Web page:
Forced unwinding
There can be a range of factors prompting a fund into a forced unwinding scenario, amongst them losing positions, margin calls, new margin calculations, reduced lending, and client redemptions. Losses in illiquid instruments, increased market volatility, and being ‘front run’ can also contribute to this. It is not a nice place to be. Unfortunately, since humans tend to act in one and the same manner, a number of these factors tend to coincide from a temporal perspective. Moreover, hedge funds running similar strategies tend to be treated in the same way by their stakeholders. At some points in time, nobody wants to be exposed to risky assets. Thus, unwinding becomes a systemic phenomenon.

A deadly failure - Long Term Capital Management
As a case study for the Ten Deadly Sins, Bornemann chooses LTCM. On the surface of it, the US-based hedge fund had put together an outstanding portfolio management team, consisting of the arbitrage group from Salomon Brothers, and two Nobel prize winners, Robert Merton and Myron Scholes. Between March 1994 and April 1998 LTCM had a track record of 32% per annum gross, and 90% of its monthly NAVs saw it in positive territory. At the end of 1997 the partners returned $2.7 billion to outside investors, but kept their own money in the fund ($1.9 billion, or 40% of the fund’s NAV).

It is fair to say that LTCM committed most if not all of the Ten Deadly Sins: concentration risk, leverage, liquidity, funding and forced unwinding were all issues with the fund. It also suffered from excessive AUM issues, being front run, and having to compete with copycats. It ended up being the most spectacular hedge fund blow up of the decade. However, Bornemann asserts, any hedge fund failure can be analysed from the perspective of the Ten Deadly Sins of Hedge Fund Managers and you will get a high score in almost all instances.

Conclusion
The point of this exercise was to help both clients in their analysis of hedge funds and product developers in their process of creating customer friendly funds. The immense popularity of the UCITS III law can be explained by the fact that it tries to both protect the end investor from the most obvious kinds of mis-management and also allows the fund manager to use modern investment techniques, e.g. to go long and short using derivatives.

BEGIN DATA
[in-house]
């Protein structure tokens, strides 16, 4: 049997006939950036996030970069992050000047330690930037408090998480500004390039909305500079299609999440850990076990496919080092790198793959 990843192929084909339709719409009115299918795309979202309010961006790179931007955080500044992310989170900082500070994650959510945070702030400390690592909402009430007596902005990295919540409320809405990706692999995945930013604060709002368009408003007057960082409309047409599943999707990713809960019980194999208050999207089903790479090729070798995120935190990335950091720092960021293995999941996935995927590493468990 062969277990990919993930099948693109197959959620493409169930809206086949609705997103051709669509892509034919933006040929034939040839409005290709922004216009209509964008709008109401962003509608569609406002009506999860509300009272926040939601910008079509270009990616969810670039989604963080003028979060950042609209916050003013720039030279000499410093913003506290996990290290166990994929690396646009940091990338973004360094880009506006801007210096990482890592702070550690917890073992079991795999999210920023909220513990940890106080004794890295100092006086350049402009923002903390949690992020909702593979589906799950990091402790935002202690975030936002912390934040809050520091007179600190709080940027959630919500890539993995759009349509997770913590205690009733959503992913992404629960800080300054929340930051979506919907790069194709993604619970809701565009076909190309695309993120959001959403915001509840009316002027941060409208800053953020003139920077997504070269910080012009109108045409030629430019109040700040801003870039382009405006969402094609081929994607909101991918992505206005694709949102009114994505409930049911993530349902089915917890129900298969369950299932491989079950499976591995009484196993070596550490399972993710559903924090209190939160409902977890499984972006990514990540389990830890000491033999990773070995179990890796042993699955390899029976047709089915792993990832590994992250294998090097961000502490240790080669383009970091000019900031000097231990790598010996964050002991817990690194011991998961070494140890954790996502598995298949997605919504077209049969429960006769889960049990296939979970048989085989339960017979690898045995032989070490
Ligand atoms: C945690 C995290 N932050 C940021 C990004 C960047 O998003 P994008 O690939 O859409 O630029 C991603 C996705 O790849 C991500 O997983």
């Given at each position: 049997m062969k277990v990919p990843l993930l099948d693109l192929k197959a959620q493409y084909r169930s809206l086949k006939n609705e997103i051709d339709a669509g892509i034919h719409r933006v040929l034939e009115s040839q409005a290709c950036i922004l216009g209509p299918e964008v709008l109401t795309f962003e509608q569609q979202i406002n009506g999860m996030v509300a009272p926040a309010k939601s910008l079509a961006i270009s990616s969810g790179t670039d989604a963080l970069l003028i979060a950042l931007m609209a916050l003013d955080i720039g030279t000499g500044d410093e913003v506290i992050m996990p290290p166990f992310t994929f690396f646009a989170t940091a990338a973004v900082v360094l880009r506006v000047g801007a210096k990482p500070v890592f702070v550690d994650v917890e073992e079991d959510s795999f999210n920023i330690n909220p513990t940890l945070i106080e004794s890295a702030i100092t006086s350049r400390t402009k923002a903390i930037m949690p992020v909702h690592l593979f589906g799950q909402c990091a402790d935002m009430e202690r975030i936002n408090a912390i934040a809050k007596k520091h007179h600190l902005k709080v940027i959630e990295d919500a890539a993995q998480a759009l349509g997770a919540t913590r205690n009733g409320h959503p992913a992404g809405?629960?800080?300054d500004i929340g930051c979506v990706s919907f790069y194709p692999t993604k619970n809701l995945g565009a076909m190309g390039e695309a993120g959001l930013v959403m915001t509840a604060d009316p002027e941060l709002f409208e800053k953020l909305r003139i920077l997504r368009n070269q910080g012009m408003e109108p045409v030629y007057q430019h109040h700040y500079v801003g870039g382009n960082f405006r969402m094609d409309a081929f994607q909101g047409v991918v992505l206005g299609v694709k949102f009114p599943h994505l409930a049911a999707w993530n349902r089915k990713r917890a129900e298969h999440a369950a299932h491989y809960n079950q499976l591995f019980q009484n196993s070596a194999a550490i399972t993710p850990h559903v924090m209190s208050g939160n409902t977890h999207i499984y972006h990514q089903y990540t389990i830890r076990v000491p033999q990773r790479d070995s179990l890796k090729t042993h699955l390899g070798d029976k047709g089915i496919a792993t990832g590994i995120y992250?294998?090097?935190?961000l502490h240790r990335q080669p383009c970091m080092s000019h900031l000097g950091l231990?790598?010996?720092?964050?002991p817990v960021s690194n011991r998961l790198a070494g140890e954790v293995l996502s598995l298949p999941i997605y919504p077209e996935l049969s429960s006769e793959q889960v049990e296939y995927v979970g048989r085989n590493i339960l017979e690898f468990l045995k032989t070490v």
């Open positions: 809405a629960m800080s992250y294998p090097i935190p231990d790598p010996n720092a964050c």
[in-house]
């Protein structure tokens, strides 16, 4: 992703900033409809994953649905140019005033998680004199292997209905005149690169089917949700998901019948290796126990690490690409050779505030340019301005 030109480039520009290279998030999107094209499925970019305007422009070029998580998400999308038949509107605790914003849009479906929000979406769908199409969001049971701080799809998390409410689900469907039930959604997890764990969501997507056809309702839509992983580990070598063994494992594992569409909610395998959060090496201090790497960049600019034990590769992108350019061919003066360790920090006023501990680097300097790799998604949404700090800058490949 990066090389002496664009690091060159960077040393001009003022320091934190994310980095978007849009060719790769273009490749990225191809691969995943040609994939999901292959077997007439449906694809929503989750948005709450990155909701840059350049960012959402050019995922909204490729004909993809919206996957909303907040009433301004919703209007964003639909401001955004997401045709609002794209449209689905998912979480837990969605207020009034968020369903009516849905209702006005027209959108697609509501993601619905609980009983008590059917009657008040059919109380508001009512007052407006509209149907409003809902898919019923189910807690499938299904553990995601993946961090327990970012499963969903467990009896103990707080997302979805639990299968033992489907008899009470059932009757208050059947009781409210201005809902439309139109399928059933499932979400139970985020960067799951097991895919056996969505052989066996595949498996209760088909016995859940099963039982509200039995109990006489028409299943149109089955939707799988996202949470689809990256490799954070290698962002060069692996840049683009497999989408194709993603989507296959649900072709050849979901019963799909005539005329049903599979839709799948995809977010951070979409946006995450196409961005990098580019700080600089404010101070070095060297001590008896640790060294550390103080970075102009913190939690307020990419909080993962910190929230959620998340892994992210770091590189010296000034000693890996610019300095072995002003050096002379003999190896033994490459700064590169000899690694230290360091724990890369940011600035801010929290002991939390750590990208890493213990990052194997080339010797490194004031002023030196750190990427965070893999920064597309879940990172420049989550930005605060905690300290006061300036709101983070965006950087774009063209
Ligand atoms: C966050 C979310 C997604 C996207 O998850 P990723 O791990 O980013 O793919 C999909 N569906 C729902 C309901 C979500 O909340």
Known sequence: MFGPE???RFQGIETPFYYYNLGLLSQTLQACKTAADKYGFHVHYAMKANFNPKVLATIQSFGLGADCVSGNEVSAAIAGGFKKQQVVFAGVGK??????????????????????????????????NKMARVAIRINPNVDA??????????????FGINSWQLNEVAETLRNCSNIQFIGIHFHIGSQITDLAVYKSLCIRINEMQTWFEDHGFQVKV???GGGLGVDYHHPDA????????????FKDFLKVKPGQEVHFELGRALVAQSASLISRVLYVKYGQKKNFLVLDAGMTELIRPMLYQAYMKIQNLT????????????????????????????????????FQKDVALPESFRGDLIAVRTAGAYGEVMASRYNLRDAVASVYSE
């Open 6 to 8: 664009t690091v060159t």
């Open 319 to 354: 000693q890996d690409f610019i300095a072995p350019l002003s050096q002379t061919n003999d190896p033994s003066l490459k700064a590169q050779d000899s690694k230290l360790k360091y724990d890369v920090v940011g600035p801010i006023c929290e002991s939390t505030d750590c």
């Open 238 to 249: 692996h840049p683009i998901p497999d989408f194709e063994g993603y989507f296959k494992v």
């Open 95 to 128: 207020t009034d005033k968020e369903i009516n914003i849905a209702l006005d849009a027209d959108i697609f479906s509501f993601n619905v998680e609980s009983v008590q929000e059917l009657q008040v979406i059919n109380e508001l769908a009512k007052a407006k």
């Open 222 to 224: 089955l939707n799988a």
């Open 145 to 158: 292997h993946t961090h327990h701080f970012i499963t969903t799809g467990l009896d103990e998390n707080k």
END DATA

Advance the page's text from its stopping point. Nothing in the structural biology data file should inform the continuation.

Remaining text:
Although the UCITS law and the fund prospectuses are doing a good job in setting the outer limits of what a fund manager is allowed to do, clients still need to conduct a proper due diligence of the asset manager and the investment team.

Bornemann advises clients to put less weight on company brands, titles, fancy systems, size of organisations and other glossy or superficial elements. More time and effort should be spent in understanding whether a fund is investing in liquid or illiquid instruments, how any potential capacity limit of the fund has been determined and to what extent the fund is concentrating its risk exposures or not.

It is crucial to understand how the risk management process works in practice and what kind and how much leverage the fund is using. Was it because of the historically high Sharpe ratios due to long positions in credit or alternatively short positions in volatility, i.e. games that look good for four to five years and then blow up in your face, or has the performance been achieved with low correlation to equities and other risky assets? How did the strategy perform during periods of major market distress, e.g. in 2008?

Past performance is only as good as your understanding of how the performance was achieved. Was it the manager or was it the market who delivered the good returns? Was the manager lucky or was he acting in a prudent and systematic way?